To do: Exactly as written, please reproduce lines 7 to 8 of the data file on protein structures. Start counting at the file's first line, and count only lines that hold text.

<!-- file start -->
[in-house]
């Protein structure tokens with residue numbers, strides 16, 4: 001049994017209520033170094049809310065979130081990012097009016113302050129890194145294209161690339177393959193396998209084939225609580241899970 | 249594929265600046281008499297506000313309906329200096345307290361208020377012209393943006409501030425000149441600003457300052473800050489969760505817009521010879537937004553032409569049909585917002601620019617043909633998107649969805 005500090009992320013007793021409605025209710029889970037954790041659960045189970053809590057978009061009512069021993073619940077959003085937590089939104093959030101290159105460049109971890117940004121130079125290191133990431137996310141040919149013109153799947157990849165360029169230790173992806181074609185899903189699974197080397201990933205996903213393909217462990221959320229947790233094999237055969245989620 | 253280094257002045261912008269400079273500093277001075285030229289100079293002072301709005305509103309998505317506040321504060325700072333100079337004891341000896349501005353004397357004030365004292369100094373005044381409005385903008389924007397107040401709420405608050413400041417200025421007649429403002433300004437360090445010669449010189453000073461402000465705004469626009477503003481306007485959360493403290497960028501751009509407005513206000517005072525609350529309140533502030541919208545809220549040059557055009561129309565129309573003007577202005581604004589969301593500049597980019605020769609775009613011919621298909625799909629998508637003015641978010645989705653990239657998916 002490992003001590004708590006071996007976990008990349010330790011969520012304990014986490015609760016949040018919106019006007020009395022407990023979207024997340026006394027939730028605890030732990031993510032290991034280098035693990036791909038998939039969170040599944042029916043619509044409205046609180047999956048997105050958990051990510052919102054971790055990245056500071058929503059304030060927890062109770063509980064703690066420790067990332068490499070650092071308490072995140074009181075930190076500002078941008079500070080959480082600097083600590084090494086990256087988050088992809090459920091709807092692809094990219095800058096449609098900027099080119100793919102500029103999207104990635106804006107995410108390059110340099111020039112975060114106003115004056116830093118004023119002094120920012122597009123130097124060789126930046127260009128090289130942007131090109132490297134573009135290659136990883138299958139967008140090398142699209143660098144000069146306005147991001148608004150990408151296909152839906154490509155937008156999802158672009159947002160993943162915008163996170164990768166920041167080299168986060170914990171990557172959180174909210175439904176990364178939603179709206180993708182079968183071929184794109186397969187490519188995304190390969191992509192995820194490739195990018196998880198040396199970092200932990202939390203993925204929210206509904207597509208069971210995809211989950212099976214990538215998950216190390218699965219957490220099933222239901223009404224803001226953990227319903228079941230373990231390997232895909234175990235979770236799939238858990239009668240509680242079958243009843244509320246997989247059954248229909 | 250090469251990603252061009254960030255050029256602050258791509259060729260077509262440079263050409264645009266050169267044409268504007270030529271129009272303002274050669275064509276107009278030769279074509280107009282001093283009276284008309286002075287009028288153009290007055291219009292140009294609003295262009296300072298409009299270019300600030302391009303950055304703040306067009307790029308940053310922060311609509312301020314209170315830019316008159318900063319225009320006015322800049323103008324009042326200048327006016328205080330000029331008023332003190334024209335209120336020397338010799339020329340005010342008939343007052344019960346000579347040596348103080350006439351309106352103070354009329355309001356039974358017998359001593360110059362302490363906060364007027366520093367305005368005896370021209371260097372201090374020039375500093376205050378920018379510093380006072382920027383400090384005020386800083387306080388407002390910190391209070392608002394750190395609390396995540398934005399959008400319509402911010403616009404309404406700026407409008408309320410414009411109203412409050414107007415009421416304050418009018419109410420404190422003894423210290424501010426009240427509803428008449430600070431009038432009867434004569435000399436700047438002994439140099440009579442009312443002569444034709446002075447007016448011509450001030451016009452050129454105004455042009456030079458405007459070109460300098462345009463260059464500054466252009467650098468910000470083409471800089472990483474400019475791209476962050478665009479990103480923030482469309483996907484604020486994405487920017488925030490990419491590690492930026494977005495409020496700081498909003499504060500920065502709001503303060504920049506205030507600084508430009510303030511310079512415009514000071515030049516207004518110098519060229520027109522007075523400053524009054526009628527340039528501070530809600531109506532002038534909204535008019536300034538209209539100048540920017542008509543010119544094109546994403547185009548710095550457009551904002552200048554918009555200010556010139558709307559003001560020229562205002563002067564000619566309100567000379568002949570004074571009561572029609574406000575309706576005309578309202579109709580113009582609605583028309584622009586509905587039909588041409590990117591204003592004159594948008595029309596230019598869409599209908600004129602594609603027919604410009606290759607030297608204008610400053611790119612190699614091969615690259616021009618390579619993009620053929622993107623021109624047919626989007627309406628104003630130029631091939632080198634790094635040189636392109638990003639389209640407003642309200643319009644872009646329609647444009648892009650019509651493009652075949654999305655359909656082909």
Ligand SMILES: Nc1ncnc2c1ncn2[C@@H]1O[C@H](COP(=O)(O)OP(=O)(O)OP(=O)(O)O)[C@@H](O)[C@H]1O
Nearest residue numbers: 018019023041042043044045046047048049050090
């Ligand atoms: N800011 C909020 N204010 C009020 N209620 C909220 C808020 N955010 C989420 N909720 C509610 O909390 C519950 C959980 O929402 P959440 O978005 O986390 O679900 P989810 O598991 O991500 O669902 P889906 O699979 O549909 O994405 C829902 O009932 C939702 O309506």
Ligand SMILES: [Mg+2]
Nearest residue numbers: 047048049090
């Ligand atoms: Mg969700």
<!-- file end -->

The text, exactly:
Nearest residue numbers: 047048049090
């Ligand atoms: Mg969700």